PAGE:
(Source: Soline Humbert, We Are Church Ireland)
Three years ago the Association of Catholic Priests, the Association of Catholics in Ireland and We Are Church Ireland, wrote a joint letter to all the Irish bishops requesting them to make public their quinquennial reports to the Vatican.
These reports are sent to the Vatican a few months before diocesan bishops go to Rome for their meetings with the pope every five years (ad limina visits). They provide a detailed state of affairs of each diocese, according to a template supplied by the Vatican. This request was made jointly by the three groups to increase transparency and a greater involvement of all the People of God in every aspect of the church.
The result was extremely disappointing, but not surprising, as the response rate from bishops has always been very low.
Out of twenty-six dioceses, only six bishops/administrators replied. None of the four archbishops acknowledged the request.
The few who responded said they would not publish their reports, claiming that it was personal, confidential and for Pope Francis only. However, none were able to cite church law to back up their claim that confidentiality prohibited them from publishing, as indeed there exists no such prohibition in canon law.
Bishops are quite free to make their reports public. It is just that they choose not to.
Reports by bishops are meant to give an honest, transparent and detailed account of the current state of their diocese. They cover everything from basic statistics (Catholic population, baptisms, marriages, funerals, etc.) to financial status, relations with other religious communities, civil society and public authorities as well as responses to child sexual abuse, pastoral challenges and prospects for the future of the Church. They are comprised of twenty-two sections, roughly corresponding to each office of the Roman curia who will examine them, and can run to several hundred pages for the very large dioceses.
Coincidentally, at the very same time that the Irish bishops were intent on keeping their reports hidden from the eyes of their faithful people, Archbishop Albert LeGatt of St Boniface diocese in Canada released his report to the general public.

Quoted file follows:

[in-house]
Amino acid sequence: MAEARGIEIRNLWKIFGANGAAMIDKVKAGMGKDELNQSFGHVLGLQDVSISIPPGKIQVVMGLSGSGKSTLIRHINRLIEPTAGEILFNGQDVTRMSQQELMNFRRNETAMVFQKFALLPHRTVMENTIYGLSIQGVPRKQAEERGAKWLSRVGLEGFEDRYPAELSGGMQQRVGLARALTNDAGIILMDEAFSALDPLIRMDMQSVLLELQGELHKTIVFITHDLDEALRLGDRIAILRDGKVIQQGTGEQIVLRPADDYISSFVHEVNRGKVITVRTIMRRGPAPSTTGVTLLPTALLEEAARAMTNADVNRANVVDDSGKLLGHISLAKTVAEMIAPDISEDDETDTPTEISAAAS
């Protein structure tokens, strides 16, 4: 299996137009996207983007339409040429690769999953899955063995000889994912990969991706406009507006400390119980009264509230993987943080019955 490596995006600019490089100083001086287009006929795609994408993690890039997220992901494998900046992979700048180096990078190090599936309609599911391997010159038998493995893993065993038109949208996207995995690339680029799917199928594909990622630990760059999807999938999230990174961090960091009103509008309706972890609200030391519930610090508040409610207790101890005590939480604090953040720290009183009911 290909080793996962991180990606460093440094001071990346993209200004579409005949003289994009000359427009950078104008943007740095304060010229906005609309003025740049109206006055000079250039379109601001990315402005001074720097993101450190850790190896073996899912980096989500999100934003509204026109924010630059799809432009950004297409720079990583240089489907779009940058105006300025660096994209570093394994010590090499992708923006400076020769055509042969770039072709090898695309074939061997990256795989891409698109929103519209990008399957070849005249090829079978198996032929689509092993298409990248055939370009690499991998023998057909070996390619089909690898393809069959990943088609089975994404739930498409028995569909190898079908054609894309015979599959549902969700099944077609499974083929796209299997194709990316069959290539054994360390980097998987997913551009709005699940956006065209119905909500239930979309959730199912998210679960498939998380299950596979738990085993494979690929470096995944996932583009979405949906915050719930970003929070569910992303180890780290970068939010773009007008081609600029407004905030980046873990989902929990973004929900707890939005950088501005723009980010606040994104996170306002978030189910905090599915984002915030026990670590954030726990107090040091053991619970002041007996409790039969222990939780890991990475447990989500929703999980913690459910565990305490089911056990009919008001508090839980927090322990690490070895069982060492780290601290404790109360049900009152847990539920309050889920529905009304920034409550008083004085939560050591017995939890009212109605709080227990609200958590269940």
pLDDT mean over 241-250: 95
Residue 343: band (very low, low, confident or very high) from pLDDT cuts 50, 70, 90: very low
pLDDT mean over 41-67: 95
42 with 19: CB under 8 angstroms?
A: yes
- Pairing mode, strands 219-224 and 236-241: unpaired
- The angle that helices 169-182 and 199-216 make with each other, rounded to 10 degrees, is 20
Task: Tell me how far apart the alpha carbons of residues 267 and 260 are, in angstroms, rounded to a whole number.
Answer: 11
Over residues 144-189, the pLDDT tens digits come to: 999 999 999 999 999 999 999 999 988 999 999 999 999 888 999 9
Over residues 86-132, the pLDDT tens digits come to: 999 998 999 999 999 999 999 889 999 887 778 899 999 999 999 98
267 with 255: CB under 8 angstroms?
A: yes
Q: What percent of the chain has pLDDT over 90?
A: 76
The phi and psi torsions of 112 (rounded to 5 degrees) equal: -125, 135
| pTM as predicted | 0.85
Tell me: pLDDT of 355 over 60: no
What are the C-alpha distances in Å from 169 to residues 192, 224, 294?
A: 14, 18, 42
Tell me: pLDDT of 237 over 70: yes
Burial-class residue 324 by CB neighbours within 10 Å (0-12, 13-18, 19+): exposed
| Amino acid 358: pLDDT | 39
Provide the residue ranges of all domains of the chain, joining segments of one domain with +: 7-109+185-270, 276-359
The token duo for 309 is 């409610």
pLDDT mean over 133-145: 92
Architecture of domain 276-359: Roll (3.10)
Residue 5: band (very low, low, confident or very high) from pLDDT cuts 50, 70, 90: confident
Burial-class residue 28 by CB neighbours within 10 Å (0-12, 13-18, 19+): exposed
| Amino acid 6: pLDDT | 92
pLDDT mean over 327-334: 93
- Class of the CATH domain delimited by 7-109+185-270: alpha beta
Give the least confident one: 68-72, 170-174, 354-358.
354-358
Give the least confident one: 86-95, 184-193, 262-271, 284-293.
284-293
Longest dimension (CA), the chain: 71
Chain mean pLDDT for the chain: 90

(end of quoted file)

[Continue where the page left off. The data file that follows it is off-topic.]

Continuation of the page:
When questioned he said that while these reports had typically been shared only with the Vatican, there is nothing secret about them.
”It just came to me that this is, in terms of communication, a very complete reflection of where the diocese is. Since that’s what we are trying to communicate all the time with our faithful and our priests, why not use this? It is inviting the faithful of the diocese into a sense of what the Church, at this time, in this place, is called to be – which is evangelizing”.
It is also noteworthy that Archbishop LeGatt didn’t wait for his return from his ad limina visit to Rome to post his report on the archdiocesan website but did this two weeks beforehand, on St Patrick’s day 2017.
He stressed that he was making use of modern technology at his disposal:
”We have the website – it’s free, it’s easily accessible. Why not use the means at our disposal for the advancing of the life of the Church and the kingdom of God?”
Archbishop Legatt confirmed that he had received no negative reactions from the Vatican, and a great many thanks from people back home. It is still on the diocesan website.
A quick search on the internet shows that the ad limina Report for the Archdiocese of Grouard-McLennon, Grand Prairie, Alberta, Canada (2006-2016) has also been published online by Archbishop Gerard Pettipas CSsR.
Bishop John Ifeanyichukwu Okoye for the Diocese of Awgu (2007-2017) in Nigeria has also done so.
Good governance demands that the prevailing clericalist culture of secrecy must end. The Church is not a corporation and these reports are not sensitive commercial information. Accountable and transparent behaviours are not optional courtesies or favours but rather necessities in a faith community of brothers and sisters in Christ.
The International Church Reform Network (ICRN) has recently produced a Charter of Rights and Responsibilities for Christ’s Faithful. Article Six on information states that ”Every Catholic has the right of unlimited access to information, except where there are legitimate concerns regarding confidentiality, privacy and the good name of others.”
The Irish bishops may now want to reconsider their opposition to transparency and release publicly their reports. Failure to do so would raise inevitably the question as to what is being hidden from the faithful and make any talk of synodality hollow.
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